Rohingya Muslims can be misled, exploited to destabilise region: Bangladesh envoy

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As the violence in Rakhine escalates, New Delhi - which is not a party to two major global refugee laws - now wants to deport its population of Rohingya escapees back to Myanmar on what it says are national security concerns. After the March 2016 general elections in Myanmar, Nobel Laureate Aung San Suu Kyi formed a civilian government which is now in power in Myanmar.

"The new funding brings USA humanitarian assistance to internally displaced persons in Burma and refugees from Burma in the region to almost $95 million in FY 2017, and it reflects the US commitment to help address the unprecedented magnitude of suffering and urgent humanitarian needs of the Rohingya people", a department spokesperson said in a statement.

The Swedish premier, for his part, described the Myanmar as a "tragedy" and said Sweden will do whatever it can to help in this regard.

ARSA was established in October 2016 on behalf of over 1.1 million Rohingya people living in the Myanmar state of Rakhine. Gen. Min Aung Hlaing recently linked Rohingya demands to be recognized as an ethnic group under Myanmar law with the army's actions.

Reacting to the Centre's affidavit in the apex court that the issue of Rohingya Muslim refugees from Myanmar posed serious threat to national security, the Hyderabad MP said it was propaganda by the Bharatiya Janata Party-led government.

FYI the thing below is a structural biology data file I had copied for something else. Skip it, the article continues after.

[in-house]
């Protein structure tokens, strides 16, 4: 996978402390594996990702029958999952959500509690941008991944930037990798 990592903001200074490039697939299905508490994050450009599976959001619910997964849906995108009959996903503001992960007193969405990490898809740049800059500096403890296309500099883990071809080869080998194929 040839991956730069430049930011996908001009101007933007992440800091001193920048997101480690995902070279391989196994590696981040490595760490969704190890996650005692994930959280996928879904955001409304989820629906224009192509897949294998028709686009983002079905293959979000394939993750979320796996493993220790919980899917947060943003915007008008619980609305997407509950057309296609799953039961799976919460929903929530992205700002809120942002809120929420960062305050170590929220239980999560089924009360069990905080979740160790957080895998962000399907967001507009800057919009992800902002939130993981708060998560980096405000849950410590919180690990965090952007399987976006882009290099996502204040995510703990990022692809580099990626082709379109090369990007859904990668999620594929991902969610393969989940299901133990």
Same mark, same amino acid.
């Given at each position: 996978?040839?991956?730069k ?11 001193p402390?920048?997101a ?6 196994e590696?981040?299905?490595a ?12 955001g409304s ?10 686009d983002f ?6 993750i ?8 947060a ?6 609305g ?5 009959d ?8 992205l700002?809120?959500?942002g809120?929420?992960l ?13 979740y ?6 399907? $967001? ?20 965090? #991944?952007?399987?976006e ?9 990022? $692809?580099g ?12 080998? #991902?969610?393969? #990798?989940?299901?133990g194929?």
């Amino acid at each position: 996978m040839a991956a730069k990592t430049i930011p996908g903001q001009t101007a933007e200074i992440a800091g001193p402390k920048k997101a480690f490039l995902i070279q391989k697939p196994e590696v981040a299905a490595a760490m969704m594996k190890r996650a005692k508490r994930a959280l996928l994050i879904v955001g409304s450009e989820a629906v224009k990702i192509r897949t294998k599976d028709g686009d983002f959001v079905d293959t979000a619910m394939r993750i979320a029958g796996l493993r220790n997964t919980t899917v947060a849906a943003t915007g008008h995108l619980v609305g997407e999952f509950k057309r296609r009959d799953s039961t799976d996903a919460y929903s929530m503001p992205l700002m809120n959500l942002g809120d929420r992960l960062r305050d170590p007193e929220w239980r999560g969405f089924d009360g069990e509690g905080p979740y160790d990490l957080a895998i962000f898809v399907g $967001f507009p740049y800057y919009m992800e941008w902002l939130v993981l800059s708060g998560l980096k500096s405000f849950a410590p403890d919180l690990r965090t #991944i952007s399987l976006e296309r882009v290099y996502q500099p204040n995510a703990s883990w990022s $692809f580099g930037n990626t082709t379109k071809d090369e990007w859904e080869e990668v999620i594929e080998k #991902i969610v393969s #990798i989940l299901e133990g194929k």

Fighting in Myanmar's northern Rakhine state has forced 422,000 Rohingya to seek refuge in neighbouring Bangladesh, where unofficial shelters have sprung up outside of two government-run camps.

Besides repeatedly disabling his accounts, an activist who uses the name Rahim said Facebook has also removed individual posts he put on the site about Rohingya refugees.

Though Myanmar's leader Aung San Suu Kyi assured diplomats earlier this week that humanitarian assistance was being delivered to those in need, the government has blocked United Nations aid agencies that have worked in the area in the past.

About 400 people have been killed in subsequent clashes, and a military counteroffensive sent more than 400,000 people fleeing to neighboring Bangladesh.

He said not just Muslims but other minority groups had fled, and security forces had been told to "take full measures to avoid collateral damage and the harming of innocent civilians". Myanmar's Buddhist majority is often accused of subjecting them to discrimination and violence.

"We have told Myanmar that they will have to take back their citizens".

In an e-mail reply to the New Indian Express, the UNHCR's India headquarters in New Delhi said: "The principle of non-refoulement is considered part of customary worldwide law and therefore binding on all states whether they have signed the Refugee Convention or not".